This spot so sacred to a name so great
After ten years serving his country as Secretary of War, Henry Knox began to long for the life of a gentleman farmer, like the lives his friends George Washington and Thomas Jefferson were living on their country estates. Fortunately for him, his wife Lucy had inherited a vast tract of land in the District of Maine through her mother, the daughter of Brigadier Samuel Waldo. In 1795, newly retired, Knox bade farewell to Philadelphia and moved his family to the newly built Montpelier in Thomaston, Maine, to dedicate his "all to the development of the District of Maine." There he had a hand in many of the emerging businesses in midcoast Maine: He shipped timber, quarried lime, made bricks, experimented with agriculture, built a lock and canal system, built many roads, and got involved with land speculation. The elegant house he built at the head of the St. Georges River epitomized the dreams of the young republic. It compared favorably with George Washington's Mount Vernon and Jefferson's Monticello, and Knox made it the center of many enterprises in midcoast Maine, employing many citizens.
Knox employed the Boston housewright Ebenezer Dunton to build his grand mansion, and may have derived inspiration from the designs of Charles Bulfinch. Montpelier has a classic oval-on-axis design, and the contract for the house specified many details, including "that there shall be two stair cases in the rear of the oval room lighted by two large sky lights from the top of the house ñ that the steps of the stairs shall be six inches high one foot wide & three feet eight inches long." Knox's correspondence with Dunton indicates that Knox also wanted the windows on the front of the house to go down to the floor, allowing an adult to step from the inside of the house onto the porch when the windows were open. Much work was done in Dunton's Boston shop and shipped to the Thomaston site. Originally conceived as a summer home, Knox and his family lived there year round by the time of his death in 1806.
So soon after its grand beginnings the Knox estate went into decline. After Knox's death Lucy was obliged to slowly sell off much of the land in order to support herself and became increasingly reclusive at Montpelier. Henry and Lucy's only living son, Henry Jackson Knox, proved to be irresponsible, and unequal to the task of running his father's enterprises. Their oldest daughter, Lucy Flucker Knox, was happily settled with a judge, Ebenezer Thatcher, and raising a large family. Thus upon Lucy's death in 1824, their youngest daughter Caroline, who had lived at Montpelier since she was very young, took over the mansion. She lived there until her death in 1851, surviving two husbands and forced to live with increasing economy, but unable to give up her father's mansion. Upon her death, the widowed Lucy Flucker Thatcher moved into the family home. She was the last Knox to live there. When she died in 1854, her oldest son, Henry Knox Thatcher, had no desire or means to keep the decaying mansion. The property was divided up and sold, the mansion's beautiful furnishings dispersed among the descendants or auctioned. After years of standing nearly empty and vacant, Montpelier was razed in 1871. The site was used for the Knox and Lincoln Railroad, with one of the outbuildings serving as a train station.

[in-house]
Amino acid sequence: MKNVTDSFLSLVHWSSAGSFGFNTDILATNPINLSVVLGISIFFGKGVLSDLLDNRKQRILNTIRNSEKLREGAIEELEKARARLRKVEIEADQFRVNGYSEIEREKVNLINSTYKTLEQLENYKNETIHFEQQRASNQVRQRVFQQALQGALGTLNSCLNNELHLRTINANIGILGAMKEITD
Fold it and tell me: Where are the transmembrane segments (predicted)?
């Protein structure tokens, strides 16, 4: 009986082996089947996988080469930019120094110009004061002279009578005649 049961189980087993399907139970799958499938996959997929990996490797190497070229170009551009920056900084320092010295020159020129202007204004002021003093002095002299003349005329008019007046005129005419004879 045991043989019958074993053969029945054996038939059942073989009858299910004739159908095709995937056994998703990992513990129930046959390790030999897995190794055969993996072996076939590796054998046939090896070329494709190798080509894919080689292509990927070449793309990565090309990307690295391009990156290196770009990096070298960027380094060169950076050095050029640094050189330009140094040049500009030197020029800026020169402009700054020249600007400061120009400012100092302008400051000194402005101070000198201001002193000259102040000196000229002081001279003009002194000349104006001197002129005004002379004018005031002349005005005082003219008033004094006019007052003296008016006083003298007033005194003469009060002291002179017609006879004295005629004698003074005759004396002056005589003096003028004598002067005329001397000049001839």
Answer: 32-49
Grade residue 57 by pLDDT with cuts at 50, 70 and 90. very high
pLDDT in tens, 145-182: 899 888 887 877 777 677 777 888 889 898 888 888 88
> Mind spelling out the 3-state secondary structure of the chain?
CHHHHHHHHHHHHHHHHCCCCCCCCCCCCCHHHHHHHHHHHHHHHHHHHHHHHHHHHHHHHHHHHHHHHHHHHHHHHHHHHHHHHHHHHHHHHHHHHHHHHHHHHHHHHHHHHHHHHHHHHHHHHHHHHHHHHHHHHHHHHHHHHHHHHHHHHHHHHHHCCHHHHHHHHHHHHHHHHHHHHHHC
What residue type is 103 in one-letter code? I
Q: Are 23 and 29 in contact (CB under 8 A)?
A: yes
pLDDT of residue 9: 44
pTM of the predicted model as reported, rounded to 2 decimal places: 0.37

For most that would be the end of the story, but not so for Henry Knox and Montpelier. Many in Thomaston mourned the loss of the last local remnant of a national hero. The General Knox chapter of the Daughters of the American Revolution in Thomaston celebrated the General's birthday every year and began agitating for a suitable memorial to Knox. By the 1920s the effort had grown into the formation of the Knox Memorial Association, and a national fundraising campaign. They enlisted the support of Henry Thatcher Fowler, Knox's great, great grandson and one of only a few living descendants. In 1929, thanks to the financial support of publishing magnate Cyrus H. K. Curtis, the Knox Memorial Association broke ground on the new Montpelier, a replica of Knox's mansion built a short distance from the original site. Donations to the memorial came thick and fast. Fowler willed his family relics to Montpelier and local people that had purchased furnishings at the auction returned them to the mansion. Even parts of the building that had been taken as souvenirs just before it was razed found their way into the hands of the Knox Memorial Association. Until its waning years the Association ran the museum, then the State of Maine's Bureau of Parks and Lands took over in 1965. However, the dedication of the local community remained, and eventually the desire for a return to local control led to the formation of the Friends of Montpelier. A new chapter for the museum began in 1999 when the Friends successfully negotiated with the state for the ownership of Montpelier. Today, Montpelier stands as a living memorial to Henry Knox, filled with many of the beautiful objects he purchased for the original mansion; a space that invites visitors to learn about the life and times of this great Patriot.